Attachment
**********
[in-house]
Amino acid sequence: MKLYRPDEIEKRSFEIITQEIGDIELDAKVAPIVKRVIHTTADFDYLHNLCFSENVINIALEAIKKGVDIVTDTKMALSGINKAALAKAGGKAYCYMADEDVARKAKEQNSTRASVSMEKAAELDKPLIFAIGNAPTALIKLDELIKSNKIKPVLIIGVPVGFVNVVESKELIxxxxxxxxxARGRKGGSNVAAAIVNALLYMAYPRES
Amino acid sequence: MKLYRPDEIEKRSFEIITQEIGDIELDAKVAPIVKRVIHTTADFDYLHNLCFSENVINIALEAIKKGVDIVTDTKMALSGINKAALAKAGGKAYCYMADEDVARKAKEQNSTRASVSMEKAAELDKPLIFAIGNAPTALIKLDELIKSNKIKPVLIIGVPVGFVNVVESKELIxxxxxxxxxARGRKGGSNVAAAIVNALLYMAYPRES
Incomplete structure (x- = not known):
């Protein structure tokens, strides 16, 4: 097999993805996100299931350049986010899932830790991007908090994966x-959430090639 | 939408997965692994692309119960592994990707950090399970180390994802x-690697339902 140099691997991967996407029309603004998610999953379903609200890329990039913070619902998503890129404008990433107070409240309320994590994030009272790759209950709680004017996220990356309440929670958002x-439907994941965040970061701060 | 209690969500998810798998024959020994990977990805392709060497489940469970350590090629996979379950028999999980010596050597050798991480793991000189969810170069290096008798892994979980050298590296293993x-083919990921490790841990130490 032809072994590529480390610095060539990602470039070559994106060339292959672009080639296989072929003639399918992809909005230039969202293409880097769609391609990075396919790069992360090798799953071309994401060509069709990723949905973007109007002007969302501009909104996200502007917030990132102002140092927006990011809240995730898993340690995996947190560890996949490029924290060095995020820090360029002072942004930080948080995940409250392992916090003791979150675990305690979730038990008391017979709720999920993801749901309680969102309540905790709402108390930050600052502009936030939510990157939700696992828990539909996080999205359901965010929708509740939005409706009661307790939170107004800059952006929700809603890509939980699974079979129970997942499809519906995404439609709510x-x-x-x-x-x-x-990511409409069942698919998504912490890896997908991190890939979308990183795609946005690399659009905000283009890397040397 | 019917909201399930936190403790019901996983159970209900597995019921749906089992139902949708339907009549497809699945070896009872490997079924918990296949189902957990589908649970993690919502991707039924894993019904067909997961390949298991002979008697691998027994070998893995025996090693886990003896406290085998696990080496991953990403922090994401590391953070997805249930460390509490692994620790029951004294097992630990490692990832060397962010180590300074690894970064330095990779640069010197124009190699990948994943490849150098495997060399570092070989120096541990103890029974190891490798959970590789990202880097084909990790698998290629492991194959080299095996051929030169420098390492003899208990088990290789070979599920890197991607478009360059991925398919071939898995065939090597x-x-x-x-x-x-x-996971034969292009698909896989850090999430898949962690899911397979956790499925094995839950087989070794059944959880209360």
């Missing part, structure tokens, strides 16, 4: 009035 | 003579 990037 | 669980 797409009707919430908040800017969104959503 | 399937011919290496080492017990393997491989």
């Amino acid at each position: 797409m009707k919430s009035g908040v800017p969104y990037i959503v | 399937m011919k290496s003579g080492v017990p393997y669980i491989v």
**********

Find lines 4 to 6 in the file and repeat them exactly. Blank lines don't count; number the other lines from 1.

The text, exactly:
Incomplete structure (x- = not known):
């Protein structure tokens, strides 16, 4: 097999993805996100299931350049986010899932830790991007908090994966x-959430090639 | 939408997965692994692309119960592994990707950090399970180390994802x-690697339902 140099691997991967996407029309603004998610999953379903609200890329990039913070619902998503890129404008990433107070409240309320994590994030009272790759209950709680004017996220990356309440929670958002x-439907994941965040970061701060 | 209690969500998810798998024959020994990977990805392709060497489940469970350590090629996979379950028999999980010596050597050798991480793991000189969810170069290096008798892994979980050298590296293993x-083919990921490790841990130490 032809072994590529480390610095060539990602470039070559994106060339292959672009080639296989072929003639399918992809909005230039969202293409880097769609391609990075396919790069992360090798799953071309994401060509069709990723949905973007109007002007969302501009909104996200502007917030990132102002140092927006990011809240995730898993340690995996947190560890996949490029924290060095995020820090360029002072942004930080948080995940409250392992916090003791979150675990305690979730038990008391017979709720999920993801749901309680969102309540905790709402108390930050600052502009936030939510990157939700696992828990539909996080999205359901965010929708509740939005409706009661307790939170107004800059952006929700809603890509939980699974079979129970997942499809519906995404439609709510x-x-x-x-x-x-x-990511409409069942698919998504912490890896997908991190890939979308990183795609946005690399659009905000283009890397040397 | 019917909201399930936190403790019901996983159970209900597995019921749906089992139902949708339907009549497809699945070896009872490997079924918990296949189902957990589908649970993690919502991707039924894993019904067909997961390949298991002979008697691998027994070998893995025996090693886990003896406290085998696990080496991953990403922090994401590391953070997805249930460390509490692994620790029951004294097992630990490692990832060397962010180590300074690894970064330095990779640069010197124009190699990948994943490849150098495997060399570092070989120096541990103890029974190891490798959970590789990202880097084909990790698998290629492991194959080299095996051929030169420098390492003899208990088990290789070979599920890197991607478009360059991925398919071939898995065939090597x-x-x-x-x-x-x-996971034969292009698909896989850090999430898949962690899911397979956790499925094995839950087989070794059944959880209360």
């Missing part, structure tokens, strides 16, 4: 009035 | 003579 990037 | 669980 797409009707919430908040800017969104959503 | 399937011919290496080492017990393997491989």